Do you see distant objects clearly, but develop a blur as they come close? This vision problem, called farsightedness, is easily corrected with prescription lenses.
Farsightedness (hyperopia) is a common vision condition in which you can see distant objects clearly, but objects nearby may be blurry.
The degree of your farsightedness influences your focusing ability. People with severe farsightedness may be able to clearly see only objects a great distance away, while those with mild farsightedness may be able to clearly see objects that are closer.
Farsightedness usually is present at birth and tends to run in families. You can easily correct this condition with eyeglasses or contact lenses. Another treatment option is surgery.
Farsightedness may mean:
If your degree of farsightedness is pronounced enough that you can't perform a task as well as you wish, or if your quality of vision detracts from your enjoyment of activities, see an eye doctor. He or she can determine the degree of your farsightedness and advise you of options to correct your vision.
Since it may not always be readily apparent that you're having trouble with your vision, the American Academy of Ophthalmology recommends the following intervals for regular eye exams:
If you're at high risk of certain eye diseases, such as glaucoma, get a dilated eye exam every one to two years, starting at age 40.
If you don't wear glasses or contacts, have no symptoms of eye trouble, and are at a low risk of developing eye diseases, such as glaucoma, get an eye exam at the following intervals:
If you wear glasses or contacts or you have a health condition that affects the eyes, such as diabetes, you'll likely need to have your eyes checked regularly. Ask your eye doctor how frequently you need to schedule your appointments. But, if you notice problems with your vision, schedule an appointment with your eye doctor as soon as possible, even if you've recently had an eye exam. Blurred vision, for example, may suggest you need a prescription change, or it could be a sign of another problem.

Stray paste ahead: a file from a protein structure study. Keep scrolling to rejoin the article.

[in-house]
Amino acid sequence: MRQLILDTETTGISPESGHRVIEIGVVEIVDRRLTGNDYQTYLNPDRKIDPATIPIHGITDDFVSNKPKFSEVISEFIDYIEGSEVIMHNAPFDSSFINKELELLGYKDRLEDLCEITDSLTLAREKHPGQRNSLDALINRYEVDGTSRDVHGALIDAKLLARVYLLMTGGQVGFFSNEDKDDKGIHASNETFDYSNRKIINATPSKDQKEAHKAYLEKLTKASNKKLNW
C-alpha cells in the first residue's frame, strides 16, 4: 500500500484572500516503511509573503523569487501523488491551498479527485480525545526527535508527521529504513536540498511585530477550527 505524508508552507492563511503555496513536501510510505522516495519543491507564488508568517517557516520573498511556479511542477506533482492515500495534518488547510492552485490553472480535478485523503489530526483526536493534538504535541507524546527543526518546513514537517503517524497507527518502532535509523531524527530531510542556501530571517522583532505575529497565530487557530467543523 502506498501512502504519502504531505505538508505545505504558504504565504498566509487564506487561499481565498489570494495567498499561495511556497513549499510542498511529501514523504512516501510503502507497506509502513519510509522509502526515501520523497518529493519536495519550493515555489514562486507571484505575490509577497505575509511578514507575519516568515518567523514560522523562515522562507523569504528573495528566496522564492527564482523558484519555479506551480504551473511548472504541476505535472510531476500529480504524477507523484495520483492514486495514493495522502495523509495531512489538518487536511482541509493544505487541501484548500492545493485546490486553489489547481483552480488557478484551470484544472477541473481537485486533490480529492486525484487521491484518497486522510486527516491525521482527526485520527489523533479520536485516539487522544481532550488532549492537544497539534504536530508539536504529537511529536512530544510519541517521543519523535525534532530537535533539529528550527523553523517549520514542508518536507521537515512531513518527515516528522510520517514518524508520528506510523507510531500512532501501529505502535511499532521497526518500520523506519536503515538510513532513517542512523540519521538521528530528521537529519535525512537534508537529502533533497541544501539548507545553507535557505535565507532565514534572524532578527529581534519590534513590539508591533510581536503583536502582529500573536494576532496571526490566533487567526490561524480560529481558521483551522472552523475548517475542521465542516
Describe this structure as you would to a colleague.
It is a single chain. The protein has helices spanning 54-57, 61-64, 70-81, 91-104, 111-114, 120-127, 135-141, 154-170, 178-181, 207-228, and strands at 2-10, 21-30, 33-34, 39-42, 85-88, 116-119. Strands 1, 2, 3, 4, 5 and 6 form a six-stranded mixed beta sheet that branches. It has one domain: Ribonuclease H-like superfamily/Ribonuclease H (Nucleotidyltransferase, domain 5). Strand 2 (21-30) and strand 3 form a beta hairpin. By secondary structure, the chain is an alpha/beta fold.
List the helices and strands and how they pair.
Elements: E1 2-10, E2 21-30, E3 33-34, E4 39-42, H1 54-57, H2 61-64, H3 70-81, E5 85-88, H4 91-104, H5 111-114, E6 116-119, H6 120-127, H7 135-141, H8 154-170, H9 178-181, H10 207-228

Children need to be screened for eye disease and have their vision tested by a pediatrician, an ophthalmologist, an optometrist or another trained screener at the following ages and intervals.
Your eye has two parts that focus images:
In a normally shaped eye, each of these focusing elements has a perfectly smooth curvature, like the surface of a marble. A cornea and lens with such curvature bend (refract) all incoming light to make a sharply focused image directly on the retina, at the back of your eye.
If your cornea or lens isn't evenly and smoothly curved, light rays aren't refracted properly, and you have a refractive error.
Farsightedness occurs when your eyeball is shorter than normal or your cornea is curved too little. The effect is the opposite of nearsightedness.
In addition to farsightedness, other refractive errors include:
The eye is a complex and compact structure measuring about 1 inch (2.5 centimeters) in diameter. It receives millions of pieces of information about the outside world, which are quickly processed by the brain.
Farsightedness can be associated with several problems, such as:
Farsightedness is diagnosed by a basic eye exam, which includes a refraction assessment and an eye health exam.
A refraction assessment determines if you have vision problems such as nearsightedness or farsightedness, astigmatism, or presbyopia. Your doctor may use various instruments and ask you to look through several lenses to test your distance and close-up vision.
Your eye doctor likely will put drops in your eyes to dilate your pupils for the eye health exam. This may make your eyes more light sensitive for a few hours after the exam. Dilation enables your doctor to see wider views inside of your eyes.
The goal of treating farsightedness is to help focus light on the retina through the use of corrective lenses or refractive surgery.
In young people, treatment isn't always necessary because the crystalline lenses inside the eyes are flexible enough to compensate for the condition. Depending on the degree of farsightedness, you may need prescription lenses to improve your near vision. This is especially likely as you age and the lenses inside your eyes become less flexible.
Wearing prescription lenses treats farsightedness by counteracting the decreased curvature of your cornea or the smaller size (length) of your eye. Types of prescription lenses include:
Although most refractive surgical procedures are used to treat nearsightedness, they can also be used for mild to moderate farsightedness. These surgical treatments correct farsightedness by reshaping the curvature of your cornea. Refractive surgery methods include:
Talk with your doctor about the possible side effects of refractive surgery.
You can't prevent farsightedness, but you can help protect your eyes and your vision by following these tips:
See your doctor immediately if you have any of these symptoms: Sudden loss of vision in one eye with or without pain; sudden hazy or blurred vision; double vision; or visual flashes of light, black spots or halos around lights. This may represent a serious medical or eye condition.
There are three kinds of specialists for various eye conditions:
Here's some information to help you get ready for your appointment.
For farsightedness, questions to ask your doctor include:
Your doctor is likely to ask you questions, such as: